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Mass Shooting Risk Factors Examined in New Study


Whenever a mass shooting occurs, such as the recent Tucson tragedy involving Gabrielle Giffords and more than a dozen other people, or at Columbine, there are often more questions than answers about the shooters. A new study from Michigan State University discusses the risk factors potentially involved when a student becomes a mass killer.

Many factors can influence a mass killer

Authors of the Michigan study evaluated the risk factors associated with the 2007 Virginia Tech shootings by 23-year-old student Seung-Hui Cho during which 33 people, including Cho, lost their lives. The researchers present a multifaceted picture of contributing elements that include family, culture, school, friends, and community services.

According to Hyunkag Cho, an assistant professor of social work at Michigan State University, who is not related to the shooter, a factor in the Virginia Tech could have been cultural, as the gunman allegedly had been taunted because of his poor English and he may have had difficulties accessing mental health services.

The professor noted that even though the media, researchers, politicians, and others attempt to explain what drives individuals to perform such heinous acts, “we are not united in our understanding of the risk factors, particularly those relevant to racial minorities and immigrants.”

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In addition, Cho explained that many of the risk factors are universal to mass shootings in the United States, including the fact that males are more likely than females to believe that violence is the way to resolve conflicts, easy access to guns, and the wide exposure to gun violence in the media.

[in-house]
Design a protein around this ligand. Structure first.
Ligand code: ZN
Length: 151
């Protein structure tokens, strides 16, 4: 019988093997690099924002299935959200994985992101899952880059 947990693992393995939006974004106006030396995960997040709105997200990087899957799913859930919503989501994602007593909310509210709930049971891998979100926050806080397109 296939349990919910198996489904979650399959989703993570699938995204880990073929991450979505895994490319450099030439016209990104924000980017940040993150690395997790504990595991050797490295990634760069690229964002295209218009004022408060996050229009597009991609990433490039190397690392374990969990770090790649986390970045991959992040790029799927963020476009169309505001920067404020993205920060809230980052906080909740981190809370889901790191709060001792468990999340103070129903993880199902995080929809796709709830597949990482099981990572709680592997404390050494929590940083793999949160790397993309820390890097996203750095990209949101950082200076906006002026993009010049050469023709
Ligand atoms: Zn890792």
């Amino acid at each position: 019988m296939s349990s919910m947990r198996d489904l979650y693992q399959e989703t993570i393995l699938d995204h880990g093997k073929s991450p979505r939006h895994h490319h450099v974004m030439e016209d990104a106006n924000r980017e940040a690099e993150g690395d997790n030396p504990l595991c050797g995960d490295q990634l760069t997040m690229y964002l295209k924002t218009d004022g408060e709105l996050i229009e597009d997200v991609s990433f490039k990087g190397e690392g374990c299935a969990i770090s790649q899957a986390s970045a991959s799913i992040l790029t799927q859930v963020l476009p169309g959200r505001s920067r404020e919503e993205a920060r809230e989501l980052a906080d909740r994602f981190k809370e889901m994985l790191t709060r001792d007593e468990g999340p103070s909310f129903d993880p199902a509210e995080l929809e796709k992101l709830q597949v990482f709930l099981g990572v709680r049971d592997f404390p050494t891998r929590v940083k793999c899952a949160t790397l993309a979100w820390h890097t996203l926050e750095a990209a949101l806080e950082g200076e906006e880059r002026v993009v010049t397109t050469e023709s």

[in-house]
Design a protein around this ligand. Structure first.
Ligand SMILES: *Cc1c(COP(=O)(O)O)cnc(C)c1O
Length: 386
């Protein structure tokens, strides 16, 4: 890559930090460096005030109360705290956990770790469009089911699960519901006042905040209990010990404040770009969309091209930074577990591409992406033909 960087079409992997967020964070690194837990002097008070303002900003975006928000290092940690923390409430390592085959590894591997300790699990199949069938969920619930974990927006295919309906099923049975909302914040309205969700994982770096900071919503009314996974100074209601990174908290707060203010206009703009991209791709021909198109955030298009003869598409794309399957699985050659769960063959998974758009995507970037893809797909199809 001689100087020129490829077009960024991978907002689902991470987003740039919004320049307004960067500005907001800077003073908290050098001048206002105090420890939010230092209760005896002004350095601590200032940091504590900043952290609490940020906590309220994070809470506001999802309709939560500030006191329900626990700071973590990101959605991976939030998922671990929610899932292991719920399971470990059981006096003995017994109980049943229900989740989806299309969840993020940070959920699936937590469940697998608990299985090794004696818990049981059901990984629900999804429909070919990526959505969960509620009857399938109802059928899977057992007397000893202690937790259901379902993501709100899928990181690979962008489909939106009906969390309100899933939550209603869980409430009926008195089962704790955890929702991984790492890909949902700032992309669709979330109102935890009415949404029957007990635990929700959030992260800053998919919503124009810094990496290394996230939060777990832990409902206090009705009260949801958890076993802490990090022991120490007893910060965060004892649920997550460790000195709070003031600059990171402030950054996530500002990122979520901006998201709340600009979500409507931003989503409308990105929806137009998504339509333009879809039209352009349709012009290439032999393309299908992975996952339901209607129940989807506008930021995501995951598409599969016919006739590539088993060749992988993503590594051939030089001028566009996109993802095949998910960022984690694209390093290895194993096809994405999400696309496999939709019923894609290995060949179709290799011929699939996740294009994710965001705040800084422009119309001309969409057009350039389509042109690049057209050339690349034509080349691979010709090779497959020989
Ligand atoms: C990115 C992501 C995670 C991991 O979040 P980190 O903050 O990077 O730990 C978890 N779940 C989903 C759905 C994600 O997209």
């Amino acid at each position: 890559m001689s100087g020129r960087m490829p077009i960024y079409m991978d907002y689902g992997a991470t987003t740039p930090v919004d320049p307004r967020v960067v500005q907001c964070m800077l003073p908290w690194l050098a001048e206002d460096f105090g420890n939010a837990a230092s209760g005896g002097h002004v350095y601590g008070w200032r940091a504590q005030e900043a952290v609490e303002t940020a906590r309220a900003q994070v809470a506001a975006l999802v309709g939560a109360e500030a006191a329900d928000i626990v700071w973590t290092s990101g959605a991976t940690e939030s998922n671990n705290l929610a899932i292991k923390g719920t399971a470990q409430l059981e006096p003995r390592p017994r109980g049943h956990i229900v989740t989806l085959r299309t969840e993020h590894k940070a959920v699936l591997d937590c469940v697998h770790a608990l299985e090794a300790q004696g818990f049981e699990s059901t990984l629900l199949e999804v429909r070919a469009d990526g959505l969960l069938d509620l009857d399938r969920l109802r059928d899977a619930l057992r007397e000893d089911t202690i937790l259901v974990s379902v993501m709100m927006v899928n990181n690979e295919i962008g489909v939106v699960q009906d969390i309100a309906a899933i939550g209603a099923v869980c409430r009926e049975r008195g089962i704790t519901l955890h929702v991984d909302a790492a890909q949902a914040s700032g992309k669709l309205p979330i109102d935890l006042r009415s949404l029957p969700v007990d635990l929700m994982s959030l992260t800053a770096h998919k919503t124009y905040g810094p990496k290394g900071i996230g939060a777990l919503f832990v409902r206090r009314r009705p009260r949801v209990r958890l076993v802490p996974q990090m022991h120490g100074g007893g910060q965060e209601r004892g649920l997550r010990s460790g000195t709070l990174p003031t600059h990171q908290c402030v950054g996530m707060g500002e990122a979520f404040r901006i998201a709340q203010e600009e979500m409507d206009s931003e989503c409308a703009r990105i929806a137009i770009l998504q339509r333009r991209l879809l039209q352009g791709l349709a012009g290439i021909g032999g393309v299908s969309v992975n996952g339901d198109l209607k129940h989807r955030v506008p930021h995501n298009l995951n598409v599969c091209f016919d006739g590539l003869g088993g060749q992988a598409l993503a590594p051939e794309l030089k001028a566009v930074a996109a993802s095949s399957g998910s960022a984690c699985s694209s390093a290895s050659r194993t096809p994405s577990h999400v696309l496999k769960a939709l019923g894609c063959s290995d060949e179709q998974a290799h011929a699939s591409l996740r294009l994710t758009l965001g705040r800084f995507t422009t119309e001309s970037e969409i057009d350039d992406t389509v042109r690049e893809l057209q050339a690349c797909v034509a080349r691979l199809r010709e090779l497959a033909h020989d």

Noting that “it takes an entire village to raise a child,” Cho and his colleagues made several recommendations about how to help prevent mass shootings. These include

  • Providing more education for school personnel and parents about the early warning signs of distorted gender images and misconceptions about mental health needs
  • Strengthening multicultural curricula in classrooms, which may improve connectedness among minority students and reduce victimization
  • A systematic reporting system for bullying in schools
  • Improved social services to help immigrant youth and their families cope

Numerous studies have noted the effects of bullying, for example, on students, and the impact includes both emotional and long-term physical illness. A recent study in the Journal of Adolescent Health reported on cyber bullying and that the degree of depression associated with being tormented online or via cell phones can be “toxic.”

Cho noted that even though some people may be predisposed to violence, including the possibility of a mass shooting, “Every person has their own responsibility to do whatever they can to prevent or reduce this kind of problem” by recognizing and acting on the risk factors.

Michigan State University